Not a transparent material, but a material that offers plenty of economic and environmental benefits is Typhaboard. Cattail (also known as typha, by its Latin name) is a robust wetland plant. Thanks to its biological structure, it is possible to produce construction materials from typha, which are distinguished by their combination of unique properties in terms of thermal insulation and load-bearing properties. Based on these natural properties, architect Werner Theuerkorn and Fraunhofer IBP collaborated in developing a magnesite-bonded construction material, which combines all the positive qualities of the typha plant: it is resistant to mould growth, features good thermal insulating properties, high static load capacity and its production requires only low energy input. As it consists only of the natural plant material and a mineral bonding agent, it is particularly sustainable. This environmentally friendly building product has been applied to an internal wall of the Innovation Cube.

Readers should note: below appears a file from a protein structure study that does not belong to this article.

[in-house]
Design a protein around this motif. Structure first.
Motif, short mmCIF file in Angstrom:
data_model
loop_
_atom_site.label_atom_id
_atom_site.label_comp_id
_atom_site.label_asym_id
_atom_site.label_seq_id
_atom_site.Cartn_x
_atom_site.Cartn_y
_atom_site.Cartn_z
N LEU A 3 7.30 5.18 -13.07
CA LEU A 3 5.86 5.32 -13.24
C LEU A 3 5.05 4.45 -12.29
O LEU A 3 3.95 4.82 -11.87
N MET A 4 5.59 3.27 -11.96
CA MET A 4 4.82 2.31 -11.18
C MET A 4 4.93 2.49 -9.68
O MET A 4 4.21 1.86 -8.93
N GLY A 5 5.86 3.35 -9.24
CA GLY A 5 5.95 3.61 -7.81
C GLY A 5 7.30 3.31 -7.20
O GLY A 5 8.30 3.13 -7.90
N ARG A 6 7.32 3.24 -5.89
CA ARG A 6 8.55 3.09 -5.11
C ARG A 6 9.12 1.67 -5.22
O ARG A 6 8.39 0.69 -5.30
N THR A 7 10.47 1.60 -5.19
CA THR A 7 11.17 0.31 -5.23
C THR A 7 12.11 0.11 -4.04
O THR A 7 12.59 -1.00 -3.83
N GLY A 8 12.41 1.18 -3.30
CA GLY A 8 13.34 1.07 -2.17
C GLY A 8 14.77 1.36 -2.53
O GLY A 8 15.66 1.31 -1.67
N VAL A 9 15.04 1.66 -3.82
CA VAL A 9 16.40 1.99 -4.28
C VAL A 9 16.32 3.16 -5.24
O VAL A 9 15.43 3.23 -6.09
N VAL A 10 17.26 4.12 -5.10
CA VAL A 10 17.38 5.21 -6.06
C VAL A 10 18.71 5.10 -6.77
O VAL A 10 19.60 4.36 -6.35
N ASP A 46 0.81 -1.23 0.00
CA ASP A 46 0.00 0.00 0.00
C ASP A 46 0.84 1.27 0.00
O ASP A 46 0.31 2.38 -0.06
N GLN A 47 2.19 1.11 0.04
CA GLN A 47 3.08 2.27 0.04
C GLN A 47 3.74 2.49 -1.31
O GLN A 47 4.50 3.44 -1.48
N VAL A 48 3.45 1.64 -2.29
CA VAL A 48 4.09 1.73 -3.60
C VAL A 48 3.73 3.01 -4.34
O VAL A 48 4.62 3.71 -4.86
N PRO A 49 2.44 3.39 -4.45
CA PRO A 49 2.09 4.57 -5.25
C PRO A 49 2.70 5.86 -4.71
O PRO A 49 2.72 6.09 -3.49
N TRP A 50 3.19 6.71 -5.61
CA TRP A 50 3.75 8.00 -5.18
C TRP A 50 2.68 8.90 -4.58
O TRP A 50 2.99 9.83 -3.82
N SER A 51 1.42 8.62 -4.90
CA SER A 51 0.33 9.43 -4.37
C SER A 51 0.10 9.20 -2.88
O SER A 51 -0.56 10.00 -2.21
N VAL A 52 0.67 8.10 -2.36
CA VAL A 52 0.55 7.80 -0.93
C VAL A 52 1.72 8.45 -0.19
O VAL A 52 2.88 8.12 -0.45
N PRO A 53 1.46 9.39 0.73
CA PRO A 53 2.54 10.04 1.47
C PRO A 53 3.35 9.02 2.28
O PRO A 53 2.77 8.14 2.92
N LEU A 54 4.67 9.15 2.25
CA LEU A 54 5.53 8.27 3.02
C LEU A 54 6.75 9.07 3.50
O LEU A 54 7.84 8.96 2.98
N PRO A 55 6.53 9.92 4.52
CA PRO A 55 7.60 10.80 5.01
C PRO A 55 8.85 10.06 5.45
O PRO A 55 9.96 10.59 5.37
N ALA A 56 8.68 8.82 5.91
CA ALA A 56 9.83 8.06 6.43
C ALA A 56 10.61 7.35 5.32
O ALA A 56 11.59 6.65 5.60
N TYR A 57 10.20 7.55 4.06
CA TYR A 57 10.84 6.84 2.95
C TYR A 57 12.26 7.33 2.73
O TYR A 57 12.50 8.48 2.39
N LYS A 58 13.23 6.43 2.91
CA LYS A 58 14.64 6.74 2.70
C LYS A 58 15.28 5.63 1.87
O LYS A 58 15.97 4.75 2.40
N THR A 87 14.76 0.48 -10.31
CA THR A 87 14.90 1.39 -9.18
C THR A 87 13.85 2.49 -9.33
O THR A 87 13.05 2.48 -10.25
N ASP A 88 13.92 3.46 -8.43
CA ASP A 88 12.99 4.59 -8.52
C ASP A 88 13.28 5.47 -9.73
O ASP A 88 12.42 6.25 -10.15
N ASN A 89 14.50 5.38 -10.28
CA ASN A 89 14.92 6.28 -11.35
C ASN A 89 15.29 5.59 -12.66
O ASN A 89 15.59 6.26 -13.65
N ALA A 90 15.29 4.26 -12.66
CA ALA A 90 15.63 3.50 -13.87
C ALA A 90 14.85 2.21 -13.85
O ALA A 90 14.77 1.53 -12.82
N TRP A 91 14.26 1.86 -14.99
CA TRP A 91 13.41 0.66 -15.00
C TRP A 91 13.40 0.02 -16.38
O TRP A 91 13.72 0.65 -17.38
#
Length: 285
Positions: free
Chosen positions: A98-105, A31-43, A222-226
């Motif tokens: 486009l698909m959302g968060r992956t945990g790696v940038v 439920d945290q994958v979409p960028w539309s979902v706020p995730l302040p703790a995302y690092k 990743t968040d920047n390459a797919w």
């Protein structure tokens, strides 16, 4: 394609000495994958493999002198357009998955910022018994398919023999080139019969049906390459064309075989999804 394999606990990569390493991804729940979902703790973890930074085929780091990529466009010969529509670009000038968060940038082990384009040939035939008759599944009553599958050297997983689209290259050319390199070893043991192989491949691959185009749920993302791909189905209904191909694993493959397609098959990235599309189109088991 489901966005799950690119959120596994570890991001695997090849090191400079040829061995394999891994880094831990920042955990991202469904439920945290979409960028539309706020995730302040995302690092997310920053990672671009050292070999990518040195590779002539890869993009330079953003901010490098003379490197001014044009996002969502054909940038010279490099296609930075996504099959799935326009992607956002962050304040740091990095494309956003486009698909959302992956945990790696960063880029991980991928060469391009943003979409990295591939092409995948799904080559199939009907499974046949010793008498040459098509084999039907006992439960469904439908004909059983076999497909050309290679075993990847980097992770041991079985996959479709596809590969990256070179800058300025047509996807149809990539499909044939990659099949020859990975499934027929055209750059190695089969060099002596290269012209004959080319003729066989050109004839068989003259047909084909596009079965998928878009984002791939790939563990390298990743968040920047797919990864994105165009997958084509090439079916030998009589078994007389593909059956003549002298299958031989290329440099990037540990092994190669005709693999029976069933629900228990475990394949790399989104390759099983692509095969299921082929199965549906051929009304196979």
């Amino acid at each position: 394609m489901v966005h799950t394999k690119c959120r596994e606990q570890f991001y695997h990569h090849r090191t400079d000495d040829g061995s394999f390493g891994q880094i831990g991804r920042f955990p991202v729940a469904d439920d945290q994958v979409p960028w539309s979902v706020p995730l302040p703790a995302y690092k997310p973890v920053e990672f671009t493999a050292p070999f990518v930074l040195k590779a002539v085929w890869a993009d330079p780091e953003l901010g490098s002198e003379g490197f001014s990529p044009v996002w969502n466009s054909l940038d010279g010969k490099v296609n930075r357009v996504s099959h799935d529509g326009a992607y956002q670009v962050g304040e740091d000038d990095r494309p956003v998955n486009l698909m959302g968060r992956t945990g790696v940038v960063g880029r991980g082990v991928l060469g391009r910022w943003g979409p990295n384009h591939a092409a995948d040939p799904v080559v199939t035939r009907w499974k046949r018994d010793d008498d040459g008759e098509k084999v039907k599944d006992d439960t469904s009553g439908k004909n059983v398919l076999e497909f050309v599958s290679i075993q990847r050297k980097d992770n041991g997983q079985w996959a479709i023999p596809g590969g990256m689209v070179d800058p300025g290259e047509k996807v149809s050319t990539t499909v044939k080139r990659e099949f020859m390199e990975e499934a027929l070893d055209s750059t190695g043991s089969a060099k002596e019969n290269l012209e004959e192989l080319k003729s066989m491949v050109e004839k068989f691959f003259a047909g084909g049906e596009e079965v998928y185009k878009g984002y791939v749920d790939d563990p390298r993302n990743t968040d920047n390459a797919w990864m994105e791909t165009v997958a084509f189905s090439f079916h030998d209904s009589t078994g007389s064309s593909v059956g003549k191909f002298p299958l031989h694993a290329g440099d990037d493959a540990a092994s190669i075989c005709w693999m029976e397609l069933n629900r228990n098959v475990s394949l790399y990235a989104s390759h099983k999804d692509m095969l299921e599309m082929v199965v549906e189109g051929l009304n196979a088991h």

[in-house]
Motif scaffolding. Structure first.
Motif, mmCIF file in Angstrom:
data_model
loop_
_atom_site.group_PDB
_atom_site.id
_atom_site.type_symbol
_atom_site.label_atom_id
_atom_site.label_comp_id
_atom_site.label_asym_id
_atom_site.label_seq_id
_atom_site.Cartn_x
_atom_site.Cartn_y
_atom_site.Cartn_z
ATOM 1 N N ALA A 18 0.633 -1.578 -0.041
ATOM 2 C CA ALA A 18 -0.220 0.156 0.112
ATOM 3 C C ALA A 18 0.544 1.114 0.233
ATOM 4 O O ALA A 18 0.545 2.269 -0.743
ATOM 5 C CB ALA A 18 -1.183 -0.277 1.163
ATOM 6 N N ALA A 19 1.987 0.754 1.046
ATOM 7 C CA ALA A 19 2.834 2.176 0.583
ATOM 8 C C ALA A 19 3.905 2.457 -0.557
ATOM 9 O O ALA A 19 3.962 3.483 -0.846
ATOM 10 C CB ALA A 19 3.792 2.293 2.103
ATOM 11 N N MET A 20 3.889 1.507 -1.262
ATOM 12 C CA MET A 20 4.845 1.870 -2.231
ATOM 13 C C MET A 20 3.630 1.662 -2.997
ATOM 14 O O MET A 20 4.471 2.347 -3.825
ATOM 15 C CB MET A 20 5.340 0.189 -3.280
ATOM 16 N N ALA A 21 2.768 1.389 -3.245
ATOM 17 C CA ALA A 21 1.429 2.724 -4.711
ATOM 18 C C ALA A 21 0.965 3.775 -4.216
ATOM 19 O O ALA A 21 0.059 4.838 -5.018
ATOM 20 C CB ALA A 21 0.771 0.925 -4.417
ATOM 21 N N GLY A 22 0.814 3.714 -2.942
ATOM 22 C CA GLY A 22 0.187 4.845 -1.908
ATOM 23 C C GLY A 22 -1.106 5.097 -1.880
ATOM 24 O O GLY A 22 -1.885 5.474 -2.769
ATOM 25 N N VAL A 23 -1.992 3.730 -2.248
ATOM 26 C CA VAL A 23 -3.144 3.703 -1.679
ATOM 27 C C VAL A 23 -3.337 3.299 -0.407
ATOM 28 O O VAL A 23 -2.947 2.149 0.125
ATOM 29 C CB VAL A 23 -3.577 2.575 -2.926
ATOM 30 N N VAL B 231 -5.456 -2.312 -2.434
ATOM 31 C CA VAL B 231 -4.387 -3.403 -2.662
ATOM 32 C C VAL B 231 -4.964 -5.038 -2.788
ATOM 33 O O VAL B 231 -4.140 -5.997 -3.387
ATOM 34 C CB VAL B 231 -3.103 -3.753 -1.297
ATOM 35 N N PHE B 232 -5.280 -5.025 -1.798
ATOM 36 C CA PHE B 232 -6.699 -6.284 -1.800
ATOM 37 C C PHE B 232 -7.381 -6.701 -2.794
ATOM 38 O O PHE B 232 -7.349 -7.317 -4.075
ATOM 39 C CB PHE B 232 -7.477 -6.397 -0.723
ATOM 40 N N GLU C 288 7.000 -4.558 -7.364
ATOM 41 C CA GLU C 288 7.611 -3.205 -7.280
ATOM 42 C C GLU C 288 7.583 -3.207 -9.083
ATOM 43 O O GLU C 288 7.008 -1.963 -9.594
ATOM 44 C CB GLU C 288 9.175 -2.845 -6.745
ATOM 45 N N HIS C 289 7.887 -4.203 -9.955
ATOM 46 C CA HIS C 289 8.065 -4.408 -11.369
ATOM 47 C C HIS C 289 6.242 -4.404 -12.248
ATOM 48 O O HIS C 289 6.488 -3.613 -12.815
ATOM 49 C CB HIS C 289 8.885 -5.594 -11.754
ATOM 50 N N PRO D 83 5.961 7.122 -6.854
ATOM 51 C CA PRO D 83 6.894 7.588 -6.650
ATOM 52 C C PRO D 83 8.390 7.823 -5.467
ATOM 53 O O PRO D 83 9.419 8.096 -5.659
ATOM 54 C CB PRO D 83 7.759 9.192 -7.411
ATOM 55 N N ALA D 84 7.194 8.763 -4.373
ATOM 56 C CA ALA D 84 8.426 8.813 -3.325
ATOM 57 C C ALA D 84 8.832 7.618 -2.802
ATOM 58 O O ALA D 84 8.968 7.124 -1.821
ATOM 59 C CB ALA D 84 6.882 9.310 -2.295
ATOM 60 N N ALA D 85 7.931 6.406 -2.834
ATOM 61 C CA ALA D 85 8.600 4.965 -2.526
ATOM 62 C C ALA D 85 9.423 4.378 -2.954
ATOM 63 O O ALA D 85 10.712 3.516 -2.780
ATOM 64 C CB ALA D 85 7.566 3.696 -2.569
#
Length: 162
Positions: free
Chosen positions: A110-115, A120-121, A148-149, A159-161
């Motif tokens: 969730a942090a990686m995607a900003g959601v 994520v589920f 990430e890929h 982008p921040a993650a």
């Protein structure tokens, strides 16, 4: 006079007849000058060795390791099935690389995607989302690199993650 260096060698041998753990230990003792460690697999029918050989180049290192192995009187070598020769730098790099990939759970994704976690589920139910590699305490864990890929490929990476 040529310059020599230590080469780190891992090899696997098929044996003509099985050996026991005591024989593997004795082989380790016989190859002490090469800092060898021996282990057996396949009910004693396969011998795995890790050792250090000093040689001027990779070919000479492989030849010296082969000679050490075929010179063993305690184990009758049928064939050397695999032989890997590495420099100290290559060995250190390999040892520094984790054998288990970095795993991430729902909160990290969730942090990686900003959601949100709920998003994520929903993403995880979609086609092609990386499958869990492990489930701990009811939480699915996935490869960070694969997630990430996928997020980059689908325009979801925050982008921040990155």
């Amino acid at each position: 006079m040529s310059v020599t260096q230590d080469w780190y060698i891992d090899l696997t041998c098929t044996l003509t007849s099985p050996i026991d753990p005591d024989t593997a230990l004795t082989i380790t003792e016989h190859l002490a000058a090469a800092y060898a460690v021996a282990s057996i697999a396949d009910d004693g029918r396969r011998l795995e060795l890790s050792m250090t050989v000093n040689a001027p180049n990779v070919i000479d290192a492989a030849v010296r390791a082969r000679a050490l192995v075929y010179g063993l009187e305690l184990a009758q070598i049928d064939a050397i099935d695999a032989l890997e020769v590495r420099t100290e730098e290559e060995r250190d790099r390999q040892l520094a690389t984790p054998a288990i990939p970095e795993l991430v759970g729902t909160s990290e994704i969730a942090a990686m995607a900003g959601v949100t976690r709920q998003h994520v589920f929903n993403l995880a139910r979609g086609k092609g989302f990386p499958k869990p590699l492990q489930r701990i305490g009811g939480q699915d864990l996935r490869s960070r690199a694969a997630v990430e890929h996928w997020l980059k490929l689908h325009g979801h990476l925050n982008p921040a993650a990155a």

Every year, more than one million of water damages are reported to insurance companies in Germany. Infrared heating plates and plastic sheeting tents, which are commonly used in professional wall and floor drying, usually consume large amounts of energy. With the new drying system Fast Dry Technologies™ (EDF principle = energy-efficient, open to diffusion, flexible), which was developed by scientists at Fraunhofer IBP in Stuttgart, there is now an alternative solution available which directly emits heat to the affected areas. For this purpose, the drying system (sized 1000 x 500 mm), which consists of some fire-proof, vapour permeable insulating material and an electric heating system, is applied directly onto the wet internal wall surface. This procedure also works well on curved surfaces or circular walls. A sensor controls the temperature of the heating system. If the temperature is increased, an even drying process gets started. The water-vapour permeable insulation layer at the rear face minimizes heat losses and allows moisture to permeate unhindered. In laboratory tests of wet walls made of vertically perforated bricks, which were performed under the same boundary conditions, it was found that more than 80 percent of energy could be saved compared to IR-heating panels, while the drying time remained the same. A prototype of this innovative drying system will be presented at the trade show.